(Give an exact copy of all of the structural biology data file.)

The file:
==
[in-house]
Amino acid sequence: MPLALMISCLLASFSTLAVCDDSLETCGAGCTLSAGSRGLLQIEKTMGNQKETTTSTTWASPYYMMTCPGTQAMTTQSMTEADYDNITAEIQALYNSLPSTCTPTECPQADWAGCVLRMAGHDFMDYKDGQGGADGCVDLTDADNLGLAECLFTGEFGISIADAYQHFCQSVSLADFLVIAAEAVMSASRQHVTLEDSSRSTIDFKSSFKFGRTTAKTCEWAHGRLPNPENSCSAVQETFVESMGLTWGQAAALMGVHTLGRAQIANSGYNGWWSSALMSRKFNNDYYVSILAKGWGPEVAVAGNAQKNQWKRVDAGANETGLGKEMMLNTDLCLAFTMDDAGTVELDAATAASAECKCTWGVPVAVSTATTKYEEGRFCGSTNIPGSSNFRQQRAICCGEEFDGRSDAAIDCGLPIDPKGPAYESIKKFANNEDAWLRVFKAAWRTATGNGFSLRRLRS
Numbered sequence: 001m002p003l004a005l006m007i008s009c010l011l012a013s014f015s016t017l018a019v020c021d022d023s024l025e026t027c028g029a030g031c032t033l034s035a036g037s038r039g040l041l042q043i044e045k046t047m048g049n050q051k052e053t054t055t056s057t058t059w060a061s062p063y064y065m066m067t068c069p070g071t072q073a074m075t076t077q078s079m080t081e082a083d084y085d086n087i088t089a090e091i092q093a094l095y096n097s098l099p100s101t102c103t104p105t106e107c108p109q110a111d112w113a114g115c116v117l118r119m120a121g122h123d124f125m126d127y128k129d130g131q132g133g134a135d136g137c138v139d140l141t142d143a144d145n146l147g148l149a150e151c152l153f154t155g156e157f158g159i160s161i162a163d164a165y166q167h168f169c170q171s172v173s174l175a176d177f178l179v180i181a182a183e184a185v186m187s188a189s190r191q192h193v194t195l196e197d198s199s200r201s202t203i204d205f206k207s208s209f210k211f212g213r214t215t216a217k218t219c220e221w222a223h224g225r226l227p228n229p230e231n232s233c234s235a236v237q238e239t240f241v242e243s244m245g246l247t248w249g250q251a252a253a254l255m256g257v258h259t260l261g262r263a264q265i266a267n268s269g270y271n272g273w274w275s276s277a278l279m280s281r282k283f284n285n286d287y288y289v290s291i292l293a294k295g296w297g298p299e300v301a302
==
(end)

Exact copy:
[in-house]
Amino acid sequence: MPLALMISCLLASFSTLAVCDDSLETCGAGCTLSAGSRGLLQIEKTMGNQKETTTSTTWASPYYMMTCPGTQAMTTQSMTEADYDNITAEIQALYNSLPSTCTPTECPQADWAGCVLRMAGHDFMDYKDGQGGADGCVDLTDADNLGLAECLFTGEFGISIADAYQHFCQSVSLADFLVIAAEAVMSASRQHVTLEDSSRSTIDFKSSFKFGRTTAKTCEWAHGRLPNPENSCSAVQETFVESMGLTWGQAAALMGVHTLGRAQIANSGYNGWWSSALMSRKFNNDYYVSILAKGWGPEVAVAGNAQKNQWKRVDAGANETGLGKEMMLNTDLCLAFTMDDAGTVELDAATAASAECKCTWGVPVAVSTATTKYEEGRFCGSTNIPGSSNFRQQRAICCGEEFDGRSDAAIDCGLPIDPKGPAYESIKKFANNEDAWLRVFKAAWRTATGNGFSLRRLRS
Numbered sequence: 001m002p003l004a005l006m007i008s009c010l011l012a013s014f015s016t017l018a019v020c021d022d023s024l025e026t027c028g029a030g031c032t033l034s035a036g037s038r039g040l041l042q043i044e045k046t047m048g049n050q051k052e053t054t055t056s057t058t059w060a061s062p063y064y065m066m067t068c069p070g071t072q073a074m075t076t077q078s079m080t081e082a083d084y085d086n087i088t089a090e091i092q093a094l095y096n097s098l099p100s101t102c103t104p105t106e107c108p109q110a111d112w113a114g115c116v117l118r119m120a121g122h123d124f125m126d127y128k129d130g131q132g133g134a135d136g137c138v139d140l141t142d143a144d145n146l147g148l149a150e151c152l153f154t155g156e157f158g159i160s161i162a163d164a165y166q167h168f169c170q171s172v173s174l175a176d177f178l179v180i181a182a183e184a185v186m187s188a189s190r191q192h193v194t195l196e197d198s199s200r201s202t203i204d205f206k207s208s209f210k211f212g213r214t215t216a217k218t219c220e221w222a223h224g225r226l227p228n229p230e231n232s233c234s235a236v237q238e239t240f241v242e243s244m245g246l247t248w249g250q251a252a253a254l255m256g257v258h259t260l261g262r263a264q265i266a267n268s269g270y271n272g273w274w275s276s277a278l279m280s281r282k283f284n285n286d287y288y289v290s291i292l293a294k295g296w297g298p299e300v301a302